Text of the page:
As a former pro basketball player overseas, many people have wondered why I chose to start my own company. I believe the transition from athlete to entrepreneur is a logical one: it takes drive, persistence and vision to succeed in both fields. While my experience playing basketball in part spurred the creation of my company, CoachUp, it also taught me a lot about how to run it successfully.

There are times in both sports and business when the going gets tough. During those critical times, what are the most essential rules to live by? Here are four from my experience as an athlete and entrepreneur.

Rule #1: Dive for every loose ball.

One of my all-time favorite basketball players, Larry Bird would always "hit the deck" for loose balls that he had seemingly no chance of getting, as his teammates looked on. What struck me the most about this seemingly routine habit and what has stayed with me all these years is how he put the team's goal of winning above his own health and career longevity. He didn't have great knees--and he didn't always come up with the ball--but he always dove for it. This ultimately had a big impact on his team. Here's why: Leaders lead from the front.

How does this apply to your startup? When you have a team lunch, be the one who eats last. If there are dishes to wash, a refrigerator to clean out or a picture to hang, do it yourself instead of passing it off to a junior employee. Dive for every loose ball, and you will see your teammates start to do the same.

Rule #2: Seek out good mentors.

As a founder or leader in your company, how do you ensure that you are constantly pushing yourself to be better and more competitive? The best way to extend your current skill set is by finding mentors, advisors or a business coach--and a close group of colleagues in the office and in your industry--to share notes with and learn from.

It will come as no surprise that I am a big believer in private coaching--no professional athlete trains alone in the off season. In fact, the best players train one-on-one or in small groups with a private trainer all year round. It's simply the best way to develop their skills and stay in "game shape".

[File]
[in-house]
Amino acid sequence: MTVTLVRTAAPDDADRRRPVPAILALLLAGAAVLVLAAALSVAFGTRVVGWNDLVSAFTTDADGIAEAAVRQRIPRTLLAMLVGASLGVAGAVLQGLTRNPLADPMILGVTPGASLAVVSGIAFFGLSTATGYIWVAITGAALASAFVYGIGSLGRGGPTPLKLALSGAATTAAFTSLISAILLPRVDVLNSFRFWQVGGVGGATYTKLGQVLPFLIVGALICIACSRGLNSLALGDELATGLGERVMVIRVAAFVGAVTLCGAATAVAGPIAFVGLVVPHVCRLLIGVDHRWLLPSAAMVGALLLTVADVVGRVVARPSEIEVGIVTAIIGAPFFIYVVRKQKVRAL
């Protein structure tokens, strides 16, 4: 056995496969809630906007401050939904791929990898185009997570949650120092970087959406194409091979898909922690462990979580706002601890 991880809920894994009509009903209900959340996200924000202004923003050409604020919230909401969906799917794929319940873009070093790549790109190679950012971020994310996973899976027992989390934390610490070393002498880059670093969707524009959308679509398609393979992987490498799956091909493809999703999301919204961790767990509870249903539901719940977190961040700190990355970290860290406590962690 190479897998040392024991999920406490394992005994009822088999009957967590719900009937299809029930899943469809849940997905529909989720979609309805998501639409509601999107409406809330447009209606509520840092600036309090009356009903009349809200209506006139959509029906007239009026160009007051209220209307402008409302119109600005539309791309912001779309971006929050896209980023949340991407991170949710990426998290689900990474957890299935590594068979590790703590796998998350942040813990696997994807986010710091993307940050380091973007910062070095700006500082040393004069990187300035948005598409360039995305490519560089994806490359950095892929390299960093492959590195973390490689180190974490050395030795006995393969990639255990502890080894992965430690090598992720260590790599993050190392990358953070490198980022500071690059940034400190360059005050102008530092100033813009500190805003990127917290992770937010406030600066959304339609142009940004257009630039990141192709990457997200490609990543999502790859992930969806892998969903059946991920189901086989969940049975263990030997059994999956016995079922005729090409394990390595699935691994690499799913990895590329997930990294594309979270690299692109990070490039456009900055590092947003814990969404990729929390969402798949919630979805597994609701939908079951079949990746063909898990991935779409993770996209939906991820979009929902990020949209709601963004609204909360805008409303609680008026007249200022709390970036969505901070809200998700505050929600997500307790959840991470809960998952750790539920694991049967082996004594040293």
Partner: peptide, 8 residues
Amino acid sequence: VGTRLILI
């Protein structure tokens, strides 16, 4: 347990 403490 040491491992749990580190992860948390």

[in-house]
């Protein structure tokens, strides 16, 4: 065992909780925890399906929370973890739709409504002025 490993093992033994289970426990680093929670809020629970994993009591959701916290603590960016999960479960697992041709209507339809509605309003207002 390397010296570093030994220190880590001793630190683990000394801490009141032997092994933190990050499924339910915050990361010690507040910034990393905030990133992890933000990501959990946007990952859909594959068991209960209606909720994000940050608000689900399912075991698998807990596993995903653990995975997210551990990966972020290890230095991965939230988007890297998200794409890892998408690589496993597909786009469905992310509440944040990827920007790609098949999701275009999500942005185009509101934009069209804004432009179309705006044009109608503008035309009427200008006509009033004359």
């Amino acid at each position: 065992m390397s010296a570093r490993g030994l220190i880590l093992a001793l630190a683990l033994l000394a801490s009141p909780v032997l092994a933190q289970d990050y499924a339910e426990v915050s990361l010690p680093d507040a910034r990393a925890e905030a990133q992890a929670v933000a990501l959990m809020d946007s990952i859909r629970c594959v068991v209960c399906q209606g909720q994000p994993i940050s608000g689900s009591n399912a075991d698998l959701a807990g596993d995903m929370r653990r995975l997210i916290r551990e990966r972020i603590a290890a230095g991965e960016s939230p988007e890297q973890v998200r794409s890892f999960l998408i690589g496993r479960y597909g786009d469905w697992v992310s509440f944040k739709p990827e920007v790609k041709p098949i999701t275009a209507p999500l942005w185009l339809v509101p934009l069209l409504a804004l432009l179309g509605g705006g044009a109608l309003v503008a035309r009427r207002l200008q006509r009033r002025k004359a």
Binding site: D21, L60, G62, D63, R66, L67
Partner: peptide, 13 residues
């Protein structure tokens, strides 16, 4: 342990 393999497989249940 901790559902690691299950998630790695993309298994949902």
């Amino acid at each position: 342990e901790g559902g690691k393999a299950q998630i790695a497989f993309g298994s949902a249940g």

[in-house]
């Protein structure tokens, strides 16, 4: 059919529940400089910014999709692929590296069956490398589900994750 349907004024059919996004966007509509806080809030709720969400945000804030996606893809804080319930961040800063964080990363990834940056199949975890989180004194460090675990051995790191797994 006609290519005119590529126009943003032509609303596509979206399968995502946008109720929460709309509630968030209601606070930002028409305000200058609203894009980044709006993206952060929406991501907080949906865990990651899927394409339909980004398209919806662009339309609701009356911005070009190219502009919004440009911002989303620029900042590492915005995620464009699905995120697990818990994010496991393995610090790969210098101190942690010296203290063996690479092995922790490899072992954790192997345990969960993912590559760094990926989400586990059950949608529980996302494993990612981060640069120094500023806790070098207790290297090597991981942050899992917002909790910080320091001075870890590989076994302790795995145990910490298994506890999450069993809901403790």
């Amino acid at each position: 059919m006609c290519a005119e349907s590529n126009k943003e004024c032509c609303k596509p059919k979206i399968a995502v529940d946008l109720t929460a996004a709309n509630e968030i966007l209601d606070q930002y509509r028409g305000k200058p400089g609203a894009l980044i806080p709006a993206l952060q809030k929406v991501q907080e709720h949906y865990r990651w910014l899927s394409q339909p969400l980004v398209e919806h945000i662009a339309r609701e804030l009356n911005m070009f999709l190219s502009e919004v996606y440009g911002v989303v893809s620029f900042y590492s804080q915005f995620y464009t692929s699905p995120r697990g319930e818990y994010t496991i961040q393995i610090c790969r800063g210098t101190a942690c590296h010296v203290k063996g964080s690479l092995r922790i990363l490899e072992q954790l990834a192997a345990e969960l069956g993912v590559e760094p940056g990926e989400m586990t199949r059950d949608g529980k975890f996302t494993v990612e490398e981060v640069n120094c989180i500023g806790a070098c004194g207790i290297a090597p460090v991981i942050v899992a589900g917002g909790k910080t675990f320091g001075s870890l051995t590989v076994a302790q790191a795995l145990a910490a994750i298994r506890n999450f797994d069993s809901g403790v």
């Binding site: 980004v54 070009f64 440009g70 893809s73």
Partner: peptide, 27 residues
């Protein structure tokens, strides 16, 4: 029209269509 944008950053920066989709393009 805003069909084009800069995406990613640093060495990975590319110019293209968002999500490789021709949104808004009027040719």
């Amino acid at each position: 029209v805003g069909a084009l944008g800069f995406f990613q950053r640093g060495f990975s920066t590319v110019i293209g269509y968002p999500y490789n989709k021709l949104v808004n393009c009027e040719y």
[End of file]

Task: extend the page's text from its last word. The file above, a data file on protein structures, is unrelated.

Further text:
Rule #3: Be consistent and take care of your body.

As a professional athlete, you are constantly being judged by how hard you work, how well you take care of your body, how professional you are with media and in the community--you are a brand and are expected to hold yourself to a higher standard.

As an entrepreneur, it's no different. Whether you are staying up late coding away, or busy executing against business-goals in your startup--fundraising, PR, business development, marketing, strategy, etc.--be sure to treat your body as your top priority. If you don't, you won't be able to perform at your highest level.

There are certainly things you can't avoid, but focus on the things you can control such as your diet, exercise and hydration. Consistency is everything. If you want to set a goal, set a goal of being the Cal Ripken of startups. Be consistent, avoid catching a cold, and show up every day. It's more than half the battle!

Rule #4: Celebrate your wins as a team.

My first year in Israel, in the final game of preseason, our team won against one of the best teams in the world outside of the NBA. But individually I played poorly. I was disappointed in my performance, and even more frustrated that I didn't make the most of the opportunity to showcase what I could do.

But the team had won the championship, and it was time to celebrate. As a group of kids on the sidelines wearing our jerseys came over for autographs, I reflected on how my actions mattered to my team and fans, despite what I had--or had not--personally achieved.

At CoachUp now, I make a concerted effort to celebrate our wins, no matter how small or large. Whether it's raising a new round of funding, beating our monthly forecast, setting new records for daily sales, onboarding a new hire, or reading a glowing review from one of our athletes-- it's really important to take the time to celebrate these wins. Leading by example means creating this culture of encouragement on the team--a culture that celebrates the victories of each person on the team and overall--because your actions matter to those who are watching.